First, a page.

Deviled eggs
Image credit: <a href="https://www.flickr.com/photos/leighklotz/">leighklotz</a> [<a href="https://creativecommons.org/licenses/by/2.0/">CC BY 2.0</a>], via <a href="https://www.flickr.com/photos/leighklotz/17127824575">Flickr</a>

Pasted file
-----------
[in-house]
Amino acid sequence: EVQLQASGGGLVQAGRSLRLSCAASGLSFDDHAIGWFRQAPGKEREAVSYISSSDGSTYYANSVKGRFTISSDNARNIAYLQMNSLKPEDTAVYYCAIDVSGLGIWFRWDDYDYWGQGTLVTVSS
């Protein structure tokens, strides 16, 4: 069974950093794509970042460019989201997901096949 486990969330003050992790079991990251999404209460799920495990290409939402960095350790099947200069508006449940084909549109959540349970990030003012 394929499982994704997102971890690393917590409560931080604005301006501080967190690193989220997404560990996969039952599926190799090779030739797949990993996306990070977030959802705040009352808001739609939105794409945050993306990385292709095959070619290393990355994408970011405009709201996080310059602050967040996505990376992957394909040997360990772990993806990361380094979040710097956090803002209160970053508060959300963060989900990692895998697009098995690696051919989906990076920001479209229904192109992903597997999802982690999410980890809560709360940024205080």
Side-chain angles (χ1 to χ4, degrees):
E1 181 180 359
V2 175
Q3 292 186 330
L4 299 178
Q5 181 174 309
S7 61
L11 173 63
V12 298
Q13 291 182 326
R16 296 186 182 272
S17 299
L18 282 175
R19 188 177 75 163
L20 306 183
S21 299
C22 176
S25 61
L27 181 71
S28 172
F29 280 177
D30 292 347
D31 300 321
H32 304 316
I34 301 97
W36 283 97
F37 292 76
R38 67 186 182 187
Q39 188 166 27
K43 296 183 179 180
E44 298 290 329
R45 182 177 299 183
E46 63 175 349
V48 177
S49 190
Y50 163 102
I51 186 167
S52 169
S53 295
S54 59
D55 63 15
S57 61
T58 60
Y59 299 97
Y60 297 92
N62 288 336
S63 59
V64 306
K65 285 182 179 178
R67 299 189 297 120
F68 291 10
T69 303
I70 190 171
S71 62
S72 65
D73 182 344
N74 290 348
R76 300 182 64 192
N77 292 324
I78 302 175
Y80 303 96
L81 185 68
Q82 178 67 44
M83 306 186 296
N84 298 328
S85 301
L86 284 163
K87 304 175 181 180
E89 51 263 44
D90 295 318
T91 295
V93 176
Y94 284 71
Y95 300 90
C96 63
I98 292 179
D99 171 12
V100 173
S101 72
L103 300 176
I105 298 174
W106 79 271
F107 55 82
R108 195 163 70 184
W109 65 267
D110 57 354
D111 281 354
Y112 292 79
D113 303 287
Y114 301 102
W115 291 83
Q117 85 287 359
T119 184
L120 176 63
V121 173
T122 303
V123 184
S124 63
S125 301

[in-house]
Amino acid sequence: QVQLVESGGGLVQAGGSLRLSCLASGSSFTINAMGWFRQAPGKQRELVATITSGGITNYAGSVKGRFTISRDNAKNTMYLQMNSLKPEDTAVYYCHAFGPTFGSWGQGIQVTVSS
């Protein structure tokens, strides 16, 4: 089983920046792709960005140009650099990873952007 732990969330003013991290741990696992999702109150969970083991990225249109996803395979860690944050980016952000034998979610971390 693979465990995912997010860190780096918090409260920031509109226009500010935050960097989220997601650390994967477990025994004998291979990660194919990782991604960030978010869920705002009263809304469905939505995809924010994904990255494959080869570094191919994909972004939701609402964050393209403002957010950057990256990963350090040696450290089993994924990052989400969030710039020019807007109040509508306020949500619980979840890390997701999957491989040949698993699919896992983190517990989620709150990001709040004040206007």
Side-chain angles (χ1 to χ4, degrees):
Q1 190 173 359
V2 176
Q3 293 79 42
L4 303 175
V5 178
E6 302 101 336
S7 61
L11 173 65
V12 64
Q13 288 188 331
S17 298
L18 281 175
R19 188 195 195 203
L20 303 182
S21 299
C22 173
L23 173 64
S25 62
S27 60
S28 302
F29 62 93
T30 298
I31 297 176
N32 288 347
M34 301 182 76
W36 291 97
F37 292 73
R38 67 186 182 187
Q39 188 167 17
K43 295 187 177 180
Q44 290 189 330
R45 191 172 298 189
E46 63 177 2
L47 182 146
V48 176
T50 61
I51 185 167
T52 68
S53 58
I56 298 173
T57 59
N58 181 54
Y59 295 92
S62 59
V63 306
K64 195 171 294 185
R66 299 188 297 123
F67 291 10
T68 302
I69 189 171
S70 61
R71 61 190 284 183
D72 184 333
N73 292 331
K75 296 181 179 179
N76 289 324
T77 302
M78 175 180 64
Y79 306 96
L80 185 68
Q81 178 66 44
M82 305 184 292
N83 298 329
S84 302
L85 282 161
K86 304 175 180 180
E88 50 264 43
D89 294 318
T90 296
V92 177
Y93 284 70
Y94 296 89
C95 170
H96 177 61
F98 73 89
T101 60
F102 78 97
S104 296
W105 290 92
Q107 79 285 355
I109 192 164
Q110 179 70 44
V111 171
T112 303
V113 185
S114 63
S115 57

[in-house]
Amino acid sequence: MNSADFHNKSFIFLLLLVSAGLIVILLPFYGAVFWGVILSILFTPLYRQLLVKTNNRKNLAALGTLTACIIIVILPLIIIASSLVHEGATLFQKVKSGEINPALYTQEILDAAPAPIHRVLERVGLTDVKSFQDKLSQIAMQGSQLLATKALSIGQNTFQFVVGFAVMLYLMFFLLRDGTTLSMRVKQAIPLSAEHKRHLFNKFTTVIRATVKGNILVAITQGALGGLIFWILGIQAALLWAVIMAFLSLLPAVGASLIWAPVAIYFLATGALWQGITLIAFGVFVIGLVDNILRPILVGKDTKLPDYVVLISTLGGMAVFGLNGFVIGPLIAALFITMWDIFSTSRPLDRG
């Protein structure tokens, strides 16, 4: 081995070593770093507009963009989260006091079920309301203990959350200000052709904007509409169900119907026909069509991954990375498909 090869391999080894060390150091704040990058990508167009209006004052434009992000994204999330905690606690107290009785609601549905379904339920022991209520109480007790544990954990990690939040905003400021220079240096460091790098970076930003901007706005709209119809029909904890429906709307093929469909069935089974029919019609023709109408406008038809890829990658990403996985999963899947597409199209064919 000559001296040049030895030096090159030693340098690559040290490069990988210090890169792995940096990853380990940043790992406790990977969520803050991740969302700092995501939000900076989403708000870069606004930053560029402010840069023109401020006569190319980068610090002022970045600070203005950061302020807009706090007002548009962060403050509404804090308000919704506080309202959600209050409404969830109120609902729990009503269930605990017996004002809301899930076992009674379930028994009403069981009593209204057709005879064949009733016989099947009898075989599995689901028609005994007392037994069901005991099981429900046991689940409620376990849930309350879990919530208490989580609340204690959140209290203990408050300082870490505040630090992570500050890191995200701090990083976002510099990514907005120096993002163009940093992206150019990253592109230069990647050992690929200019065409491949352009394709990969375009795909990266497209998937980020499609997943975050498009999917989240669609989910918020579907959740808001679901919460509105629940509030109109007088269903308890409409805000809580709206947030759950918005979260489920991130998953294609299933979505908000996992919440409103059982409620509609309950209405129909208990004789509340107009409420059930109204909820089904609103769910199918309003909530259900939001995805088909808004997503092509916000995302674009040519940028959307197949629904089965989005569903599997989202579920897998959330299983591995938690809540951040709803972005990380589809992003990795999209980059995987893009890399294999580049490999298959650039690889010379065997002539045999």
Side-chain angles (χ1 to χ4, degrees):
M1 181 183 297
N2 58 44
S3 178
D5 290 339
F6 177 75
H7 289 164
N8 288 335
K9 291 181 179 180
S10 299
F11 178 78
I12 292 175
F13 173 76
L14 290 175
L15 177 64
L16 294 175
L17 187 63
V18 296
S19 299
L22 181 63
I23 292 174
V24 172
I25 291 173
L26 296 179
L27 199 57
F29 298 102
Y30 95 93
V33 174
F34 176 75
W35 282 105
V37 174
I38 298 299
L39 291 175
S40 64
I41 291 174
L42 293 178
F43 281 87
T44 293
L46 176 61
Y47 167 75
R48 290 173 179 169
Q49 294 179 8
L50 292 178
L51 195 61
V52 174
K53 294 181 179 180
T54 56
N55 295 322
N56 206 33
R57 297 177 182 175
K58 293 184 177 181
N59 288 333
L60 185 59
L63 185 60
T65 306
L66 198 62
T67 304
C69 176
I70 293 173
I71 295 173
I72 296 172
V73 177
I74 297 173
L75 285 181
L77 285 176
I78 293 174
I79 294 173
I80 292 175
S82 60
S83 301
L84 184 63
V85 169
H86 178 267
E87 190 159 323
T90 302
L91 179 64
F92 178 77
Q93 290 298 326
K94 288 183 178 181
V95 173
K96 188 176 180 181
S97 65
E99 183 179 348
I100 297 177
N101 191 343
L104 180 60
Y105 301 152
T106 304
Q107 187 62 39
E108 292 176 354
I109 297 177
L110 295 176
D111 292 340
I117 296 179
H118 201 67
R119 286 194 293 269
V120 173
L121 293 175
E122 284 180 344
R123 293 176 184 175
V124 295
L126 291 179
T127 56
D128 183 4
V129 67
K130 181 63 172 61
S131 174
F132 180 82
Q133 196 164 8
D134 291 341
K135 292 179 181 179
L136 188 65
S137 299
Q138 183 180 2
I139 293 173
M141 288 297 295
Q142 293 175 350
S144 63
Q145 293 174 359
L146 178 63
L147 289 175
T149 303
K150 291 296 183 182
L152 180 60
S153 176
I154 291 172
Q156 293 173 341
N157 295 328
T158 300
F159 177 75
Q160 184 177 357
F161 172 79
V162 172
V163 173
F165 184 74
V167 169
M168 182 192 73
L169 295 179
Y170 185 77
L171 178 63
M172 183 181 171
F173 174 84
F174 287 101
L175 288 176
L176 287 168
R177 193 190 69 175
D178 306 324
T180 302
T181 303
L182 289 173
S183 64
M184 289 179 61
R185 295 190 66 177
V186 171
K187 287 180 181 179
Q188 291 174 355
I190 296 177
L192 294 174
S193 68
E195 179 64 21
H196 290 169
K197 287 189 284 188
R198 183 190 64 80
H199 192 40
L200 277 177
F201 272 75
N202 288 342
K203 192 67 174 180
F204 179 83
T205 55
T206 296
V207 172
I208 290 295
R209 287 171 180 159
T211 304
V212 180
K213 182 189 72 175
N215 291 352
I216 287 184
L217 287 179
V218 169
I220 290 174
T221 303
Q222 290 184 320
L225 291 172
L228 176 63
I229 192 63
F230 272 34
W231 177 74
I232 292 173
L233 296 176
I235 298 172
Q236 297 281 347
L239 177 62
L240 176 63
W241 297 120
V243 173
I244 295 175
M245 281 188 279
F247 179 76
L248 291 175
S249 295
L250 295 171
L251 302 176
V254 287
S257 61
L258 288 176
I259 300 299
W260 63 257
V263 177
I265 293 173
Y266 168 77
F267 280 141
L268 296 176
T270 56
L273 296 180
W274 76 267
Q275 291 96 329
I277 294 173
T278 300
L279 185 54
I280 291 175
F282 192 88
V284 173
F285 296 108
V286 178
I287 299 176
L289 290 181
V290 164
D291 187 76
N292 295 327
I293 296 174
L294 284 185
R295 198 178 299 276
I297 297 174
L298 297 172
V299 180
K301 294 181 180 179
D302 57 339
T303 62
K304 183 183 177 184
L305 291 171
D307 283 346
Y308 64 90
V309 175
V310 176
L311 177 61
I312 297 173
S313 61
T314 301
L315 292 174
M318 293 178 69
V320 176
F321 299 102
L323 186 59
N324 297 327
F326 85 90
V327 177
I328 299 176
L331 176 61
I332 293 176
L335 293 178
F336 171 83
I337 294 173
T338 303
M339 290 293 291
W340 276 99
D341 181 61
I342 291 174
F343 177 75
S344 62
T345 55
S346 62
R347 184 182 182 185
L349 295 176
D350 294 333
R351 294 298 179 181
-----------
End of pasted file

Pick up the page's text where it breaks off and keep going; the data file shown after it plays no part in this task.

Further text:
Every year on Thanksgiving during my childhood and teen years, my family would gather for a big dinner at my paternal grandmother’s house. As soon as I was old enough—which was quite young, though I can’t remember exactly when—I was assigned two annual tasks to support this feast. It was my job to make the deviled eggs and the cranberry-orange relish. My mom taught me both skills, and I carried them out (without recipes, of course) many times. I learned and practiced a rather minimalist approach to deviled eggs: Split a dozen peeled hard-boiled eggs longitudinally. Remove the yolks and mix them thoroughly with Miracle Whip (yes, Miracle Whip, not mayonnaise). Spoon the mixture back into the empty egg whites, which have been set in a decorative dish whose only purpose is to hold deviled eggs once a year. Garnish with paprika. They were, I have to say, entirely passable deviled eggs, even though they did not include mustard, relish, or even salt. I think I’ll make some more today! I’ve got paprika, and of course I have Miracle Whip.